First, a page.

THOMAS CRAPPERIf an elephant stood on an average British WC flushing mechanism handle it would do its business and return to its original position without too much fuss or complaint. We do not really have to think about British WC flushing mechanism handles. They are there, they do what they are meant to do, they are not central to our existence. I could go on but I would begin to sound like John Cleese's parrot sketch.

It came in a flash (or was it a flush?) There are many differences between life in France and life in Britain. The health system is better here, the bureaucracy worse, but the greatest difference is to be found in the humble WC flushing mechanism. To put it bluntly, in France, it's crap. (Important digression, see Thomas Crapper, myth and reality click here)

I am writing this because I really do not want ever again to spend an evening sitting the wrong way round on a toilet seat struggling to reconstitute tiny bits of dissembled plastic invented in 1936 by some amateur design engineer who was obviously underpaid, undermotivated and a sadist to boot.

Be warned, heretoforward I shall take very unkindly to anyone who calls me saying "it came away in my hand" Treat it as the French have learnt to treat it from an early age i.e. extremely gently, and all should be well.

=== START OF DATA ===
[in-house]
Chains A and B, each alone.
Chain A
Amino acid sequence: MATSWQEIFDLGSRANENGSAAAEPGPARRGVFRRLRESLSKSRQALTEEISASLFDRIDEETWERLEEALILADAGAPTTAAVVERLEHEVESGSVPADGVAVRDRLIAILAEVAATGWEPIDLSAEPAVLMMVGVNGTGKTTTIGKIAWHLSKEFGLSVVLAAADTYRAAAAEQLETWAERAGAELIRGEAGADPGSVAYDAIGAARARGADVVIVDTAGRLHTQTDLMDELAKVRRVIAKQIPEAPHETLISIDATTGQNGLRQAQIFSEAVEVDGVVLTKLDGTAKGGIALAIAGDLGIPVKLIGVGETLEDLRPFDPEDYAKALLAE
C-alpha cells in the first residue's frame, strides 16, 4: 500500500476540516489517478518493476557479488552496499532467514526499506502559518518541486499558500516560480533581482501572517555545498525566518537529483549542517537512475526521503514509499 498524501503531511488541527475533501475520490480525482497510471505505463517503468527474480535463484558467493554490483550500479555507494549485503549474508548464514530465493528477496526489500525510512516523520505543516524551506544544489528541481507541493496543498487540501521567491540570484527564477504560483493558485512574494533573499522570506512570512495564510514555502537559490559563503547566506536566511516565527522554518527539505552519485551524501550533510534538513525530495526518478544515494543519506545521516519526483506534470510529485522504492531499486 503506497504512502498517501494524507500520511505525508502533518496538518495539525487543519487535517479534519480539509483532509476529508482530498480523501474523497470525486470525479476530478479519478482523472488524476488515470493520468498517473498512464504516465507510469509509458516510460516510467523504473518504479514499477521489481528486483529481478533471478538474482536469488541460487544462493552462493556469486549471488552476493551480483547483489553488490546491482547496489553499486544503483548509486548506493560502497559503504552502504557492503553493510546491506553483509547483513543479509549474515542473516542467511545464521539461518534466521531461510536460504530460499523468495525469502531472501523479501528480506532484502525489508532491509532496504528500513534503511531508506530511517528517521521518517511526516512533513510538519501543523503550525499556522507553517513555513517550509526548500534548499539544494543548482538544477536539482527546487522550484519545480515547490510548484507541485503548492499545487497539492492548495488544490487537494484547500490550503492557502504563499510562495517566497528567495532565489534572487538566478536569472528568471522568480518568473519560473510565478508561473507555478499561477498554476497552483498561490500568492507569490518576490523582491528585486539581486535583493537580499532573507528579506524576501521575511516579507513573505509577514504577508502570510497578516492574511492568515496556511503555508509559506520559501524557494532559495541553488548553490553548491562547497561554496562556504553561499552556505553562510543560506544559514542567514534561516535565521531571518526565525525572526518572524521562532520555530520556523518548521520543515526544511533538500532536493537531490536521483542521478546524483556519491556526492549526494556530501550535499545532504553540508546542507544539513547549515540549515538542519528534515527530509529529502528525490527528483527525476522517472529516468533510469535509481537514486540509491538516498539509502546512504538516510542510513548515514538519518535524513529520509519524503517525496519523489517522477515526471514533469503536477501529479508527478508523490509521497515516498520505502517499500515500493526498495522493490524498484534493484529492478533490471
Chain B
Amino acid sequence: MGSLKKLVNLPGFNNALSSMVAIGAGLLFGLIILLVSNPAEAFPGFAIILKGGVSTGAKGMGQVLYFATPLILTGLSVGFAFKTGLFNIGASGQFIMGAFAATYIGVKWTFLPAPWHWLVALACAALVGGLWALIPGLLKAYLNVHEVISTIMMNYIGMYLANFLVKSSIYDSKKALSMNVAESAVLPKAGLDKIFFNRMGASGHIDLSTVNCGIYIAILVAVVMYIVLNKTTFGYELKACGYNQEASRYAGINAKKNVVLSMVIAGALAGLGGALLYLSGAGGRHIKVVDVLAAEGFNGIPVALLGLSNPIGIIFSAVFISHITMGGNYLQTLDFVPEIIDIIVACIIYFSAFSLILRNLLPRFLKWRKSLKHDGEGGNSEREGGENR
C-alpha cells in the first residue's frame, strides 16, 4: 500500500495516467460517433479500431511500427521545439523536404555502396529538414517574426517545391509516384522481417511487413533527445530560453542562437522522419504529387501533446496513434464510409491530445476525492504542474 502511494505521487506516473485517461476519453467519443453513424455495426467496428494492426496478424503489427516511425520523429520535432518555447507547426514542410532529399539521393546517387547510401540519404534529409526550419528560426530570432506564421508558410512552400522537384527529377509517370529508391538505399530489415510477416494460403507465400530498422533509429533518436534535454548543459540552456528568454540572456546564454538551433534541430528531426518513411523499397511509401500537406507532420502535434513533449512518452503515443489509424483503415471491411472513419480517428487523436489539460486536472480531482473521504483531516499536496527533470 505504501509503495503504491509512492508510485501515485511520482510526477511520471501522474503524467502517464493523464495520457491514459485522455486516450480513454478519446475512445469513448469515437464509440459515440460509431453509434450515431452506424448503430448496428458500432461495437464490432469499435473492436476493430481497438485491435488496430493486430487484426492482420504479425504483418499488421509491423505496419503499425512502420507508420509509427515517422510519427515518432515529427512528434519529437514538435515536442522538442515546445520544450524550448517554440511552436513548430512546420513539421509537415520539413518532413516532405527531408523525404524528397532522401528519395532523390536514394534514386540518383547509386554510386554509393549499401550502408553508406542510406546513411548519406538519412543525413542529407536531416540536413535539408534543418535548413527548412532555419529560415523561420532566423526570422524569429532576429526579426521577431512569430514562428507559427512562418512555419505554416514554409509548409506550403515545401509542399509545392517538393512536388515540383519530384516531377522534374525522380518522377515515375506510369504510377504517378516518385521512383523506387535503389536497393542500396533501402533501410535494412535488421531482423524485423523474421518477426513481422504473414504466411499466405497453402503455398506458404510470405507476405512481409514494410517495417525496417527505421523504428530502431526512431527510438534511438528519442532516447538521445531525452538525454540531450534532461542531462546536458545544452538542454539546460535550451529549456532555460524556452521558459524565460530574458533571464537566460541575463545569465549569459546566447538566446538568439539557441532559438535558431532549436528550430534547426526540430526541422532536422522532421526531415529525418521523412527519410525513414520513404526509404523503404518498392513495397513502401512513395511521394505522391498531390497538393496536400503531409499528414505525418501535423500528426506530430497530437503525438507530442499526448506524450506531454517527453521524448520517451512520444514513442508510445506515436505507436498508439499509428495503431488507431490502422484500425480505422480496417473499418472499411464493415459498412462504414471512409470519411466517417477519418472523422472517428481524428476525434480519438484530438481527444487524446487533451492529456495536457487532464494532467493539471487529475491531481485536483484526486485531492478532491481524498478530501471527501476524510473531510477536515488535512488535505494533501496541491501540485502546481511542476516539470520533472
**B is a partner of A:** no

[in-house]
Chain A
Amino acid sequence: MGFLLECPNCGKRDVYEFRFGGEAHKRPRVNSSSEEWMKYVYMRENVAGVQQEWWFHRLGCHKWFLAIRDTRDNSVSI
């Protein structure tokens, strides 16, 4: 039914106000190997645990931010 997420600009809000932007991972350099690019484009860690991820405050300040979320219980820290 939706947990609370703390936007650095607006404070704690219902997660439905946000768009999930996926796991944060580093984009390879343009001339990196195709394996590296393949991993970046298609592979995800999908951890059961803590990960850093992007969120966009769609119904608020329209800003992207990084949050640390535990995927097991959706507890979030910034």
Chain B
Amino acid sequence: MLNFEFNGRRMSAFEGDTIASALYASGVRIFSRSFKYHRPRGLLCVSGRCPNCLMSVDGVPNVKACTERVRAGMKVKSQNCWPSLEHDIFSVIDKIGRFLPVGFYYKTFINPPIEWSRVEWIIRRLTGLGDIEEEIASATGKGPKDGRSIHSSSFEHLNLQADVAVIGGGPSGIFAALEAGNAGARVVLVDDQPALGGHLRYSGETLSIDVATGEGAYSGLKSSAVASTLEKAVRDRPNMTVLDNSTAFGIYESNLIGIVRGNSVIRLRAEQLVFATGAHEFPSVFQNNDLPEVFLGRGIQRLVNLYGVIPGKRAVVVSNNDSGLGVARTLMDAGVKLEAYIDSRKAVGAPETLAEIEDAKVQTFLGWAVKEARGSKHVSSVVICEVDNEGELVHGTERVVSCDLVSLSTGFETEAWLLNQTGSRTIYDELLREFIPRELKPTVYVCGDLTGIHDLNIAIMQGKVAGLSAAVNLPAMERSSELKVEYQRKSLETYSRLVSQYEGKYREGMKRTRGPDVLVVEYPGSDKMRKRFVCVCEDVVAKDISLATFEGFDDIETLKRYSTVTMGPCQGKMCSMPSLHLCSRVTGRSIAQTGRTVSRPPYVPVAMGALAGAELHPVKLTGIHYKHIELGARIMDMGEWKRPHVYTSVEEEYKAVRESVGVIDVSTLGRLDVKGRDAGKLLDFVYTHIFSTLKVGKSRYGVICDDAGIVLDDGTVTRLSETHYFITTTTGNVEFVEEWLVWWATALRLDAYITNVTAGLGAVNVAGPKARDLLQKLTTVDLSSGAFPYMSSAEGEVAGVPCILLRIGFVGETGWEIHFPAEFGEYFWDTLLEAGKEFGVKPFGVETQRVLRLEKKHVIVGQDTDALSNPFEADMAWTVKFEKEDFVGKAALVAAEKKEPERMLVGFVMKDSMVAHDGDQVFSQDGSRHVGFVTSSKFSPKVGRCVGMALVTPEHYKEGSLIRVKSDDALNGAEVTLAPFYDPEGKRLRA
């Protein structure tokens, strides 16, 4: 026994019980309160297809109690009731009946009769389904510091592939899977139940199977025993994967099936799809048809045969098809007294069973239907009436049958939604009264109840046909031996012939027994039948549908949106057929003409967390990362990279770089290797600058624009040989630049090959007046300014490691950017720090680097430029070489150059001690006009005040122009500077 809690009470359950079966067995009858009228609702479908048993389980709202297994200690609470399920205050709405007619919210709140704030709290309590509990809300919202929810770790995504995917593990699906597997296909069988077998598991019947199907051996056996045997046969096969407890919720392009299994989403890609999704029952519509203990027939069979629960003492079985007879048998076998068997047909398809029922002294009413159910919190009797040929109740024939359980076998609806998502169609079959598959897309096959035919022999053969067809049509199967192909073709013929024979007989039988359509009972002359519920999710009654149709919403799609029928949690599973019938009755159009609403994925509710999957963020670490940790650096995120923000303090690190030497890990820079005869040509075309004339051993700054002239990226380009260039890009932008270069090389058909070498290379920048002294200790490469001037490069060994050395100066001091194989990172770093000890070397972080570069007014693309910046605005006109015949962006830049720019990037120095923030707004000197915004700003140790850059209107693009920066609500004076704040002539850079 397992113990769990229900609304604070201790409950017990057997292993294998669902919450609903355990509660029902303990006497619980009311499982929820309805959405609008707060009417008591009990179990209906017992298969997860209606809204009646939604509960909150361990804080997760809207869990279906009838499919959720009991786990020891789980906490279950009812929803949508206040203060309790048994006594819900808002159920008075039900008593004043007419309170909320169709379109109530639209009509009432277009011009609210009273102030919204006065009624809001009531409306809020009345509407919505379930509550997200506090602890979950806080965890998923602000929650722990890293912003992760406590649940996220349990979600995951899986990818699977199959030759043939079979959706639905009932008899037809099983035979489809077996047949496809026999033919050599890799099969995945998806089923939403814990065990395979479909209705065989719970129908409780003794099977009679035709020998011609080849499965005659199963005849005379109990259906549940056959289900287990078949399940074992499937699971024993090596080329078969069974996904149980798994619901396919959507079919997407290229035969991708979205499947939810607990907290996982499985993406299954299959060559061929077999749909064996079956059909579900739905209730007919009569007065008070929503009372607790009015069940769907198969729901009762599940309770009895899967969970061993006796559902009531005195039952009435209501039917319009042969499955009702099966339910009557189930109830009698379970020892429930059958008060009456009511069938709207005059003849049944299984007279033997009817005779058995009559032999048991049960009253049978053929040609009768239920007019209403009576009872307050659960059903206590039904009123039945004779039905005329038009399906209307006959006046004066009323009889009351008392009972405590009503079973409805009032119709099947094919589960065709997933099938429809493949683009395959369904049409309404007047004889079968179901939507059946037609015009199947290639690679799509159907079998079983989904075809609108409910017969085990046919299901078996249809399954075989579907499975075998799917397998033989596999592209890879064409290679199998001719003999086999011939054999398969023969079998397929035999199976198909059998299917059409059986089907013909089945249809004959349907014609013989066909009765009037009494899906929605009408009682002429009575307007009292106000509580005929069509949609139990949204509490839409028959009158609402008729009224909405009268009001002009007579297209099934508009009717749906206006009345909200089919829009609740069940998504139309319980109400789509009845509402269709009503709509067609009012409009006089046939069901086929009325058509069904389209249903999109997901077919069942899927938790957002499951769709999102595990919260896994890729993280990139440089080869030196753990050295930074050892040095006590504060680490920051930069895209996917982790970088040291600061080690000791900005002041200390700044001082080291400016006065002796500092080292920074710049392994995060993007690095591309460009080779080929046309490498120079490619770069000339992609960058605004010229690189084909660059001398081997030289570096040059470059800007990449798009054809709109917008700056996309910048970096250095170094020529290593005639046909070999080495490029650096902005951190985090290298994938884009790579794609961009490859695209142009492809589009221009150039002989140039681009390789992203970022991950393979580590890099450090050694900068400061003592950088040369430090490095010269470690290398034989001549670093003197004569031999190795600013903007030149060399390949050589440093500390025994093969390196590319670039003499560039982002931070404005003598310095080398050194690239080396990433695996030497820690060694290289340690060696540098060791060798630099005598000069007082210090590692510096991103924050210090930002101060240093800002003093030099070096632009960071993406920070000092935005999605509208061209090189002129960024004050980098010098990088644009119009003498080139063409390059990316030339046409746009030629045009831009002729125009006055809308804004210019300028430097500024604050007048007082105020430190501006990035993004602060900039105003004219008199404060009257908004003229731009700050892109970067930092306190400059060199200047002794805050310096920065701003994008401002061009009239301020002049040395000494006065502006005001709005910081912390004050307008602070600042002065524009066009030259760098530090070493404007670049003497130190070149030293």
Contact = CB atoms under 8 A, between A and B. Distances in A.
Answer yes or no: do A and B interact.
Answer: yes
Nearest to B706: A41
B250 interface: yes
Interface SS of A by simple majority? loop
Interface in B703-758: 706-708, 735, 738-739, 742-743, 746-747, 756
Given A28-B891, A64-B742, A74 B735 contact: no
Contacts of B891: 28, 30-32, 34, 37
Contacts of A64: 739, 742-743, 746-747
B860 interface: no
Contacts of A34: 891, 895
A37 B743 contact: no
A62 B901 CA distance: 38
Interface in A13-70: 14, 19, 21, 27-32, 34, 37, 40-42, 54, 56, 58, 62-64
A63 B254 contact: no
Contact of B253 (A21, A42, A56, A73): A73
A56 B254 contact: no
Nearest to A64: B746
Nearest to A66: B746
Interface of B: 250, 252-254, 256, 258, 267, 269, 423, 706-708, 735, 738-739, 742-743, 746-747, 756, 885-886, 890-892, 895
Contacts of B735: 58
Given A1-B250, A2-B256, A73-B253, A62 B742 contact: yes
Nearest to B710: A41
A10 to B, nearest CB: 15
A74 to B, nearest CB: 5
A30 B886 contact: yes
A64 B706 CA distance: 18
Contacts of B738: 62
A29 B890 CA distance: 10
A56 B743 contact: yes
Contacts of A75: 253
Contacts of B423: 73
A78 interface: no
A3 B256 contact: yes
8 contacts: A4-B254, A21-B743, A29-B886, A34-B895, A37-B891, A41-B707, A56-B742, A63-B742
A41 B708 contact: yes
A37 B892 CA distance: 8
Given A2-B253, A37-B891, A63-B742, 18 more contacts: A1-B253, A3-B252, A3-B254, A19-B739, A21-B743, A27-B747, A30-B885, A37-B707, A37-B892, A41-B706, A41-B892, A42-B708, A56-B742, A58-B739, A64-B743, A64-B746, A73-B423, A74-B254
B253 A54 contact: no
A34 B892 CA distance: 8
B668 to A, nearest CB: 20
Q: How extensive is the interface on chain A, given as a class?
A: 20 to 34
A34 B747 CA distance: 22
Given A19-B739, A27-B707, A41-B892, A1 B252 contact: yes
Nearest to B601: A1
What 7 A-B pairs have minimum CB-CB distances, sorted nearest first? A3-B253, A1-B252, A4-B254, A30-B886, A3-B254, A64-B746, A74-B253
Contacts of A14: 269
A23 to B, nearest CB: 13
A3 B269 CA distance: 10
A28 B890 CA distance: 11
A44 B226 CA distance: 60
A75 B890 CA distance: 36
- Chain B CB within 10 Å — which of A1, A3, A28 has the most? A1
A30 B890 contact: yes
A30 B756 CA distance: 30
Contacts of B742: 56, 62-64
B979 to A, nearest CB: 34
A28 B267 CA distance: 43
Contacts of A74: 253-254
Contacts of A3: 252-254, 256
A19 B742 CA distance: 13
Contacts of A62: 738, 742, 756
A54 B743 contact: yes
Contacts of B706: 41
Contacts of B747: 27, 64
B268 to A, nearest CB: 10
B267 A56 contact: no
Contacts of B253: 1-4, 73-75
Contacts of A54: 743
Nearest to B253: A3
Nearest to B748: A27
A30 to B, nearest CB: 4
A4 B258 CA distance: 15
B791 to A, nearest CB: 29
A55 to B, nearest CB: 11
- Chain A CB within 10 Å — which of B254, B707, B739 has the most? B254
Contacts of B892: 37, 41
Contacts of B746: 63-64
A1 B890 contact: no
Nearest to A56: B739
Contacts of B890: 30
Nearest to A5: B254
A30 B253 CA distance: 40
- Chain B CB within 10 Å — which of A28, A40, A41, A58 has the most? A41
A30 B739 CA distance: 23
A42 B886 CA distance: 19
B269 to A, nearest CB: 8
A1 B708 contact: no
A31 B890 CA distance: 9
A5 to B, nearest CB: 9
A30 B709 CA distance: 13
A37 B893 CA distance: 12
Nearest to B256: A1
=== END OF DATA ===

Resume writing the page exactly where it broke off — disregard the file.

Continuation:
First ascertain whether it's one that you push or one that you pull. Do this by manipulating it very gently with your fingers. Most of them will wiggle in all directions anyway because they never fit properly, but its real nature should become obvious within a few seconds.

Then operate it as is should be operated. Do it with delicacy and finesse, with a light fingered touch worthy of a surgeon on an operating table. Respect its frailty, its fragility, its appalling design and its idiosyncrasies. The world will be a better place and I will be able to spend my evenings as god intended.

And lastly, please leave all elephants firmly tied up at home, you never know....